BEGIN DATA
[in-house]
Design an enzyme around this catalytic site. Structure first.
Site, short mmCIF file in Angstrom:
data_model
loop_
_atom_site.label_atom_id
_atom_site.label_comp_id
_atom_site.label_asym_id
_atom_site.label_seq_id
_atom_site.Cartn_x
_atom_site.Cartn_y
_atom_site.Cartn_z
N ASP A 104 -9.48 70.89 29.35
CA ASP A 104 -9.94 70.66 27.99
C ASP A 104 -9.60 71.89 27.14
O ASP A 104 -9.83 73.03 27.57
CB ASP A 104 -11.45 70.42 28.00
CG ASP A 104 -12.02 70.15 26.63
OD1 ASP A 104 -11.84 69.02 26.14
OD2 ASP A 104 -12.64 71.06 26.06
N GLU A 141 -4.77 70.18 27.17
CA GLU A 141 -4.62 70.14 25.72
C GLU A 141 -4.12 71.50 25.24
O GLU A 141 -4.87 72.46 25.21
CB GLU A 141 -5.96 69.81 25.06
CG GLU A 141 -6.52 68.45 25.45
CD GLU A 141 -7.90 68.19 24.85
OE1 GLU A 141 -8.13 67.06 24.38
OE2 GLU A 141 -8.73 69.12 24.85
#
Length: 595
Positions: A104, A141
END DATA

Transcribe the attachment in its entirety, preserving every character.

[in-house]
Design an enzyme around this catalytic site. Structure first.
Site, short mmCIF file in Angstrom:
data_model
loop_
_atom_site.label_atom_id
_atom_site.label_comp_id
_atom_site.label_asym_id
_atom_site.label_seq_id
_atom_site.Cartn_x
_atom_site.Cartn_y
_atom_site.Cartn_z
N ASP A 104 -9.48 70.89 29.35
CA ASP A 104 -9.94 70.66 27.99
C ASP A 104 -9.60 71.89 27.14
O ASP A 104 -9.83 73.03 27.57
CB ASP A 104 -11.45 70.42 28.00
CG ASP A 104 -12.02 70.15 26.63
OD1 ASP A 104 -11.84 69.02 26.14
OD2 ASP A 104 -12.64 71.06 26.06
N GLU A 141 -4.77 70.18 27.17
CA GLU A 141 -4.62 70.14 25.72
C GLU A 141 -4.12 71.50 25.24
O GLU A 141 -4.87 72.46 25.21
CB GLU A 141 -5.96 69.81 25.06
CG GLU A 141 -6.52 68.45 25.45
CD GLU A 141 -7.90 68.19 24.85
OE1 GLU A 141 -8.13 67.06 24.38
OE2 GLU A 141 -8.73 69.12 24.85
#
Length: 595
Positions: A104, A141